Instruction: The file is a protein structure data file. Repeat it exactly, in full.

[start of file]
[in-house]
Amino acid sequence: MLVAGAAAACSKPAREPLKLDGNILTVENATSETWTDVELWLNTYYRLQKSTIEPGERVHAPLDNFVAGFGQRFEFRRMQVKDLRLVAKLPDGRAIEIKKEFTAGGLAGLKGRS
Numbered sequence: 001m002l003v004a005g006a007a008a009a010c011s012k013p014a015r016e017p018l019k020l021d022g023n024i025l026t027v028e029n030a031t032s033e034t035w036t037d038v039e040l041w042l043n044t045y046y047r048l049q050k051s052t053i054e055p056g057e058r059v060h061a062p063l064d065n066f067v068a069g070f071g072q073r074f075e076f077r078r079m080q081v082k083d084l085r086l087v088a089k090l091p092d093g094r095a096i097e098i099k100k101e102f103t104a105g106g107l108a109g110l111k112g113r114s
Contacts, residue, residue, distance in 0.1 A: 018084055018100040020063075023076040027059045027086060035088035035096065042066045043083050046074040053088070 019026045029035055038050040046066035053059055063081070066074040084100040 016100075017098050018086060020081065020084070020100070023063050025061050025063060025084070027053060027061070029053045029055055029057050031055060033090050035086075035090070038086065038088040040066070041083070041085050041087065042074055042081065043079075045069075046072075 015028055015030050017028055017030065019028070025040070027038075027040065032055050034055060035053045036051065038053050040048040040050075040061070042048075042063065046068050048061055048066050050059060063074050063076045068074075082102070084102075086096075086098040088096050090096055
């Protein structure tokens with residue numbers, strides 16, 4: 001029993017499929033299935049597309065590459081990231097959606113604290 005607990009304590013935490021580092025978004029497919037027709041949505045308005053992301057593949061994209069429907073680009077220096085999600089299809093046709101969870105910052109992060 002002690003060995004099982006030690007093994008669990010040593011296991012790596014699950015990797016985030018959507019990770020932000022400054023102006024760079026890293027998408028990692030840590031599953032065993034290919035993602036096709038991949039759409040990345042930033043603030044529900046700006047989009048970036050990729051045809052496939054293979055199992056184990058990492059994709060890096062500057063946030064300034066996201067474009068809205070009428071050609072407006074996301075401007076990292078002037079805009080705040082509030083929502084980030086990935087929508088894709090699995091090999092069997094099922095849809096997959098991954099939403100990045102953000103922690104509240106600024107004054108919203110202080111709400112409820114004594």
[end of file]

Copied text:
[in-house]
Amino acid sequence: MLVAGAAAACSKPAREPLKLDGNILTVENATSETWTDVELWLNTYYRLQKSTIEPGERVHAPLDNFVAGFGQRFEFRRMQVKDLRLVAKLPDGRAIEIKKEFTAGGLAGLKGRS
Numbered sequence: 001m002l003v004a005g006a007a008a009a010c011s012k013p014a015r016e017p018l019k020l021d022g023n024i025l026t027v028e029n030a031t032s033e034t035w036t037d038v039e040l041w042l043n044t045y046y047r048l049q050k051s052t053i054e055p056g057e058r059v060h061a062p063l064d065n066f067v068a069g070f071g072q073r074f075e076f077r078r079m080q081v082k083d084l085r086l087v088a089k090l091p092d093g094r095a096i097e098i099k100k101e102f103t104a105g106g107l108a109g110l111k112g113r114s
Contacts, residue, residue, distance in 0.1 A: 018084055018100040020063075023076040027059045027086060035088035035096065042066045043083050046074040053088070 019026045029035055038050040046066035053059055063081070066074040084100040 016100075017098050018086060020081065020084070020100070023063050025061050025063060025084070027053060027061070029053045029055055029057050031055060033090050035086075035090070038086065038088040040066070041083070041085050041087065042074055042081065043079075045069075046072075 015028055015030050017028055017030065019028070025040070027038075027040065032055050034055060035053045036051065038053050040048040040050075040061070042048075042063065046068050048061055048066050050059060063074050063076045068074075082102070084102075086096075086098040088096050090096055
């Protein structure tokens with residue numbers, strides 16, 4: 001029993017499929033299935049597309065590459081990231097959606113604290 005607990009304590013935490021580092025978004029497919037027709041949505045308005053992301057593949061994209069429907073680009077220096085999600089299809093046709101969870105910052109992060 002002690003060995004099982006030690007093994008669990010040593011296991012790596014699950015990797016985030018959507019990770020932000022400054023102006024760079026890293027998408028990692030840590031599953032065993034290919035993602036096709038991949039759409040990345042930033043603030044529900046700006047989009048970036050990729051045809052496939054293979055199992056184990058990492059994709060890096062500057063946030064300034066996201067474009068809205070009428071050609072407006074996301075401007076990292078002037079805009080705040082509030083929502084980030086990935087929508088894709090699995091090999092069997094099922095849809096997959098991954099939403100990045102953000103922690104509240106600024107004054108919203110202080111709400112409820114004594």